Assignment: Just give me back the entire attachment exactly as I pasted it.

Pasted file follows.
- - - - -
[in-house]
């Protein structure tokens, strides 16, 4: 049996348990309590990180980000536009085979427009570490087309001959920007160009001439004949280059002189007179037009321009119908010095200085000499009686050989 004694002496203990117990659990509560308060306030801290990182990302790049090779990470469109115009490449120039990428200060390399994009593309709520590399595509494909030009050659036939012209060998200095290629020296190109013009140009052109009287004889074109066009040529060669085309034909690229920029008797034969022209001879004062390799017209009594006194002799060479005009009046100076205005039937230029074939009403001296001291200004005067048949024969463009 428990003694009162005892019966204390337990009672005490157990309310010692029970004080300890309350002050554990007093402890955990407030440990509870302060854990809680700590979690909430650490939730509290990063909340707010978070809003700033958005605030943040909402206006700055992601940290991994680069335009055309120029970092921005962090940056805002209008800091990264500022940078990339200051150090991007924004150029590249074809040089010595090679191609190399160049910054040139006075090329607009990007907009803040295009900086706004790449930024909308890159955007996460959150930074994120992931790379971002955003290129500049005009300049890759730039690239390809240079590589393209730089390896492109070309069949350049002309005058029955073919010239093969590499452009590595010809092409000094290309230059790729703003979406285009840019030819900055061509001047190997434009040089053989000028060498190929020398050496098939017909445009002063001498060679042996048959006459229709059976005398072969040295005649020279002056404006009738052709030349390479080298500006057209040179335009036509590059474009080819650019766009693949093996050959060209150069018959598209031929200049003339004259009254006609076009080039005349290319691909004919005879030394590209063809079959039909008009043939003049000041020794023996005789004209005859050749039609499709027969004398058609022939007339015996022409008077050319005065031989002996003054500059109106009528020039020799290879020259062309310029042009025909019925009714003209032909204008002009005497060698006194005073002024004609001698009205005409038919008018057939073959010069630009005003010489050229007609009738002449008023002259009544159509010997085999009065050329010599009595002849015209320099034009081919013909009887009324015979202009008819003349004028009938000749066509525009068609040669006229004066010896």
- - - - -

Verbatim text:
[in-house]
């Protein structure tokens, strides 16, 4: 049996348990309590990180980000536009085979427009570490087309001959920007160009001439004949280059002189007179037009321009119908010095200085000499009686050989 004694002496203990117990659990509560308060306030801290990182990302790049090779990470469109115009490449120039990428200060390399994009593309709520590399595509494909030009050659036939012209060998200095290629020296190109013009140009052109009287004889074109066009040529060669085309034909690229920029008797034969022209001879004062390799017209009594006194002799060479005009009046100076205005039937230029074939009403001296001291200004005067048949024969463009 428990003694009162005892019966204390337990009672005490157990309310010692029970004080300890309350002050554990007093402890955990407030440990509870302060854990809680700590979690909430650490939730509290990063909340707010978070809003700033958005605030943040909402206006700055992601940290991994680069335009055309120029970092921005962090940056805002209008800091990264500022940078990339200051150090991007924004150029590249074809040089010595090679191609190399160049910054040139006075090329607009990007907009803040295009900086706004790449930024909308890159955007996460959150930074994120992931790379971002955003290129500049005009300049890759730039690239390809240079590589393209730089390896492109070309069949350049002309005058029955073919010239093969590499452009590595010809092409000094290309230059790729703003979406285009840019030819900055061509001047190997434009040089053989000028060498190929020398050496098939017909445009002063001498060679042996048959006459229709059976005398072969040295005649020279002056404006009738052709030349390479080298500006057209040179335009036509590059474009080819650019766009693949093996050959060209150069018959598209031929200049003339004259009254006609076009080039005349290319691909004919005879030394590209063809079959039909008009043939003049000041020794023996005789004209005859050749039609499709027969004398058609022939007339015996022409008077050319005065031989002996003054500059109106009528020039020799290879020259062309310029042009025909019925009714003209032909204008002009005497060698006194005073002024004609001698009205005409038919008018057939073959010069630009005003010489050229007609009738002449008023002259009544159509010997085999009065050329010599009595002849015209320099034009081919013909009887009324015979202009008819003349004028009938000749066509525009068609040669006229004066010896």